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I had not heard of the company they were meeting with but a quick search showed they were primarily an insurance company that dabbled in investments. Many of these firms are trying to branch out into other investment areas as a means to get you to invest in their main form of compensation. This company specifically pushed whole life insurance as an investment vehicle.
Luckily my friend decided not to move both her and her husband’s retirement accounts over to this company. They are now looking at a company that specializes in retirement planning through fiduciary practices.
#3 – Are You A Registered Investment Advisor / Fiduciary?
First off, what is a fiduciary? Quite simply, a fiduciary is an investment advisor who is legally obligated to put their clients best interest before their own. That means they are required to recommend the best funds and advice to you that will make YOU the most money – not them.
For this reason, fiduciary’s usually are fee-based advisors, meaning they don’t earn a commission on different funds they sell. A fee-based plan is one that charges around 1% of the total investment as a flat fee. If you make less money, so do they. If you make more, your advisor makes more.
Advisors that work off commission as a broker can also work as a fiduciary but are not required to.
***I personally like the layer of protection that a fiduciary standard affords me but there are many commission-based advisors that are just as good if not better than someone who has the fiduciary designation***
With a fiduciary standard, I have less worry that my advisor is selling me something just because it makes them money where I would be much more skeptical with a broker/agent.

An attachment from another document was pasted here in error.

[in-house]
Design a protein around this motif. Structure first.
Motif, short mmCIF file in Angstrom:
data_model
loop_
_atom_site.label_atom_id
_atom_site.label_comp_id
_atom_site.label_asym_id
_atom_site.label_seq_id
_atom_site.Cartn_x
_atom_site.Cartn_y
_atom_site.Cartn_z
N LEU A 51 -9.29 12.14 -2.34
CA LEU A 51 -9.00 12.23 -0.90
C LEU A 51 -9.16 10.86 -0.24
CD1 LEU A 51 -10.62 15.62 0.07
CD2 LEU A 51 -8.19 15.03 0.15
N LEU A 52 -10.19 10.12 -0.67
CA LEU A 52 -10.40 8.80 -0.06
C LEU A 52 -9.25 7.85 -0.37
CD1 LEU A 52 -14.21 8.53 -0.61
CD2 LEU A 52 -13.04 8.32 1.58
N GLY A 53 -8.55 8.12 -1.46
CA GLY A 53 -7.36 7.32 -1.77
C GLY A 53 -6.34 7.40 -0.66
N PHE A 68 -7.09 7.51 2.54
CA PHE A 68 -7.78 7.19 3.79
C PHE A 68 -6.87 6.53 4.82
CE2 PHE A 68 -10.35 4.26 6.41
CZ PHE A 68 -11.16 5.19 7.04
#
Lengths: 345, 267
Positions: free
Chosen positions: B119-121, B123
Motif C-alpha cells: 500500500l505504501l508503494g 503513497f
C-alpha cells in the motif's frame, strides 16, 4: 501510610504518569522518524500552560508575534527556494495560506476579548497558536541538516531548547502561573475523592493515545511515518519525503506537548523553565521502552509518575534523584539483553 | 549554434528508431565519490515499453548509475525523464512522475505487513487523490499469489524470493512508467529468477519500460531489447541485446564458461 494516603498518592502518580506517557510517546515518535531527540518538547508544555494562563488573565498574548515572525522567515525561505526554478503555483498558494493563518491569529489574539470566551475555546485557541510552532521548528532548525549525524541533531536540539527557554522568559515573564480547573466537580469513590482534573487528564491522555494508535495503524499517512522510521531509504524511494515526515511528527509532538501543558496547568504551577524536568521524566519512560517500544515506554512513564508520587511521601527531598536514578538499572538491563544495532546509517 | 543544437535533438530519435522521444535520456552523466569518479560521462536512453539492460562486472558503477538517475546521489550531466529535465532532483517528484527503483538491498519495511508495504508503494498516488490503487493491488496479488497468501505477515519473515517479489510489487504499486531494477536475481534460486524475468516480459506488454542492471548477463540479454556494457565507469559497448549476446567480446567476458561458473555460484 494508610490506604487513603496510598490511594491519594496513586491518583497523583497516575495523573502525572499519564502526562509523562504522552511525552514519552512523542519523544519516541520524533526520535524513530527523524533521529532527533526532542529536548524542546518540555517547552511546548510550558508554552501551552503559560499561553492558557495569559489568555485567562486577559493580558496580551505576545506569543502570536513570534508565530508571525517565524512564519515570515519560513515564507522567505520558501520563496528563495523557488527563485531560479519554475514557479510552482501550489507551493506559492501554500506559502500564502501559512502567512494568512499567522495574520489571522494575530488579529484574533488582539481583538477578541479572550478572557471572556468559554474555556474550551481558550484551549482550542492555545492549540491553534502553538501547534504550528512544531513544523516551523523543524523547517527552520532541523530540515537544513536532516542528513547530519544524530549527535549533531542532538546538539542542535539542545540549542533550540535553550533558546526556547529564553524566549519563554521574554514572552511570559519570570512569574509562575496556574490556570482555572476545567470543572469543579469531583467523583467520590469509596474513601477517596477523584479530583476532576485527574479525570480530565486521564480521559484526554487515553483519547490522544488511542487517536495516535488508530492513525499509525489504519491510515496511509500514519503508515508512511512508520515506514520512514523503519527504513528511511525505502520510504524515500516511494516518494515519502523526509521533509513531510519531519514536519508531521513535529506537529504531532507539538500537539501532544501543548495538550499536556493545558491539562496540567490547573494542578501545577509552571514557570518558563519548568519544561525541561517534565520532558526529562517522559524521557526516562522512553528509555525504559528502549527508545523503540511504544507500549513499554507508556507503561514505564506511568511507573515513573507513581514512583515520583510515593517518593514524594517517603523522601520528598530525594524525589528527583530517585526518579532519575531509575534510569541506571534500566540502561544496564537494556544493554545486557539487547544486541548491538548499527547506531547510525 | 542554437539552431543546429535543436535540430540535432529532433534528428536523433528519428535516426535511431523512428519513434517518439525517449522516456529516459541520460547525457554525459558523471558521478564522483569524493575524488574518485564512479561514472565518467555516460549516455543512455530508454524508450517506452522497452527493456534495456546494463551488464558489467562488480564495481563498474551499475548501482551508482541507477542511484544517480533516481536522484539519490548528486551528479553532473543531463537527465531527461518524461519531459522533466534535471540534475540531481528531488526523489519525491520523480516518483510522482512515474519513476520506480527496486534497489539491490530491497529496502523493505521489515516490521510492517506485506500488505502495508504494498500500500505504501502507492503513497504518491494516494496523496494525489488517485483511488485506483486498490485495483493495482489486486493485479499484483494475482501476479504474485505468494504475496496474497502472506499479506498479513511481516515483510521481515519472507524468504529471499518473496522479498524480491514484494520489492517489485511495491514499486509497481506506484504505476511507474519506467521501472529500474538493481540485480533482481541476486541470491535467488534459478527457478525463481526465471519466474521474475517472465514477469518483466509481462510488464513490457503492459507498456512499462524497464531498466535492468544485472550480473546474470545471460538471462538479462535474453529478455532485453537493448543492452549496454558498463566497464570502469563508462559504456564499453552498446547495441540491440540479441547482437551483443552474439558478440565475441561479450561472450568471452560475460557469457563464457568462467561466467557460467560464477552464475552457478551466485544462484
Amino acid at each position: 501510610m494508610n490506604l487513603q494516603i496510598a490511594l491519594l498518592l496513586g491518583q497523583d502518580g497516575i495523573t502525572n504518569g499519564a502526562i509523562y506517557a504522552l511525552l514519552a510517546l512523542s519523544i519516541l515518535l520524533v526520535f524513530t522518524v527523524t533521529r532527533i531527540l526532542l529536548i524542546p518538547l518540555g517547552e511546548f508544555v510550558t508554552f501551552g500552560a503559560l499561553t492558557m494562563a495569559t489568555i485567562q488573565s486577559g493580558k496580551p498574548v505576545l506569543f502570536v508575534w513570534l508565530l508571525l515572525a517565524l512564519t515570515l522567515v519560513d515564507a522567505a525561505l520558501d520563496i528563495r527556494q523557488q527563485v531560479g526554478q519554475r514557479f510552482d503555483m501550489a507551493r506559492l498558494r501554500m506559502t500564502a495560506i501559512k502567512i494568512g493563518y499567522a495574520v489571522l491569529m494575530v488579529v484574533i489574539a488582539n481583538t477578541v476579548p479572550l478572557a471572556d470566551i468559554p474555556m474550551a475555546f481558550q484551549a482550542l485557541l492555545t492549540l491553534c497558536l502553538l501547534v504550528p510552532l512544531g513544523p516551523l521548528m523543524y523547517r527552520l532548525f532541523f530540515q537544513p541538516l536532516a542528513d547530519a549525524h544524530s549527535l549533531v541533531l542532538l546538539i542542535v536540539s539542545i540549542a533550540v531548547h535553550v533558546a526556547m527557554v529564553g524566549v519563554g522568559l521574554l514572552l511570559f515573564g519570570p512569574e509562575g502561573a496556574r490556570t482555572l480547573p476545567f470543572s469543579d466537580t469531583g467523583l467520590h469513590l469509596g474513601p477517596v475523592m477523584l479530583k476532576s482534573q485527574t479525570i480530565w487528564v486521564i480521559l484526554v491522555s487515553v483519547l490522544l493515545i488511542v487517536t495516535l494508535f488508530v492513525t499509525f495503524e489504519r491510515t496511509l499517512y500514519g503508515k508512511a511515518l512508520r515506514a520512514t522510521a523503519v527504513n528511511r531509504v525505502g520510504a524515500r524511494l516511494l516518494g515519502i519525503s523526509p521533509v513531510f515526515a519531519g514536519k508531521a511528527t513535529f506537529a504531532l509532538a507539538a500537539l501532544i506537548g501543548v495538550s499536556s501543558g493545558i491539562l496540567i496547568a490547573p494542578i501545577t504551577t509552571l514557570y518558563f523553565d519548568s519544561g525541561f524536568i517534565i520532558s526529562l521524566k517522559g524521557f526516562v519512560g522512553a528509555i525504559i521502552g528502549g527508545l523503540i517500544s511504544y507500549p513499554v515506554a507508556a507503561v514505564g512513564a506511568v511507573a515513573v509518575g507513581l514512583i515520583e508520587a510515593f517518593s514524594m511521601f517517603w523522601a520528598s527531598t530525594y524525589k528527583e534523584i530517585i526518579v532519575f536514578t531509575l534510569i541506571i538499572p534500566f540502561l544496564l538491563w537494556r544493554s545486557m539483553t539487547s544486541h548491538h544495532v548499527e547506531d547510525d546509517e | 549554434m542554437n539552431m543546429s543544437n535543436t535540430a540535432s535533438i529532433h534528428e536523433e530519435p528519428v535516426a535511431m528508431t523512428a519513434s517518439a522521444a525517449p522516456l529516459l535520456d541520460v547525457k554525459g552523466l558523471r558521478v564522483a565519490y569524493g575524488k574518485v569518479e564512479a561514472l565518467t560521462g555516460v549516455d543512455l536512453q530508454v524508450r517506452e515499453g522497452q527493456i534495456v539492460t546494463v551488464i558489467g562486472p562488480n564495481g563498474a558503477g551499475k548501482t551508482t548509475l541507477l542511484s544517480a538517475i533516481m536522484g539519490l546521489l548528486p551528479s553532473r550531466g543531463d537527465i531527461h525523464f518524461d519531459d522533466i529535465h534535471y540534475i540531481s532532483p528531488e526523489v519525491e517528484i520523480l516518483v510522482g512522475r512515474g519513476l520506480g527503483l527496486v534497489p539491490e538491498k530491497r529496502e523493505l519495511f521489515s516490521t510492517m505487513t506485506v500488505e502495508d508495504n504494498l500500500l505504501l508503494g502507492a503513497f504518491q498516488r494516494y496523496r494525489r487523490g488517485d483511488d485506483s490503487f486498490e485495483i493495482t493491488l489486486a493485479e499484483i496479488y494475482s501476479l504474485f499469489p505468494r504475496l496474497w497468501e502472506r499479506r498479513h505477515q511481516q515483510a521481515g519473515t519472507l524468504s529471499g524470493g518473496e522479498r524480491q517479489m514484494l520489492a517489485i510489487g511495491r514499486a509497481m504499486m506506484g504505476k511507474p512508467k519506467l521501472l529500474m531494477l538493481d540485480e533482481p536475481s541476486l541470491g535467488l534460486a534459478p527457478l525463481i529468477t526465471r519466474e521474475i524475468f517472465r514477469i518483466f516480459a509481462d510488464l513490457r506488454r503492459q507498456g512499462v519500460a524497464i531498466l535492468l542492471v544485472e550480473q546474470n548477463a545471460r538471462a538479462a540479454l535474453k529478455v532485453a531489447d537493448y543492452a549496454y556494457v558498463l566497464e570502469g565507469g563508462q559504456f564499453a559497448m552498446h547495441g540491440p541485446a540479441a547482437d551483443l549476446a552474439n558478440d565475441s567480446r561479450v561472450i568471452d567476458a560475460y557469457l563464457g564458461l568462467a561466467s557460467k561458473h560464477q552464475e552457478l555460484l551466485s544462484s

#4 – Are You Or Your Company Associated With A Broker-Dealer, And If So, When Will I Know You Are Working As A Sales Agent Rather Than A Fiduciary?
In the investment world, financial advisors can be both a fiduciary and a sales agent earning a commission in the same office. In other words, they can wear different hats. Your advisor can be working as a fiduciary one minute and then switch hats and drop the fiduciary standard.
After they move roles into a sales agent, they are no longer held to the fiduciary standard and can sell you products that earn them commission and are not necessarily your best option.
This question will determine if they have the ability to switch roles and if they do, how they will notify you of the switch.
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#5 – Do You Earn A Commission Based On Selling Products?
Again, this question is point blank and will determine if they are ever compensated for selling a certain fund or product. This does not mean that they are not an honest person but it is something to be aware of.
#6 – How Are You Compensated?
This is where the advisor should tell you exactly how they make their money. Advisors may be fee-based, commission based, or fee and commission.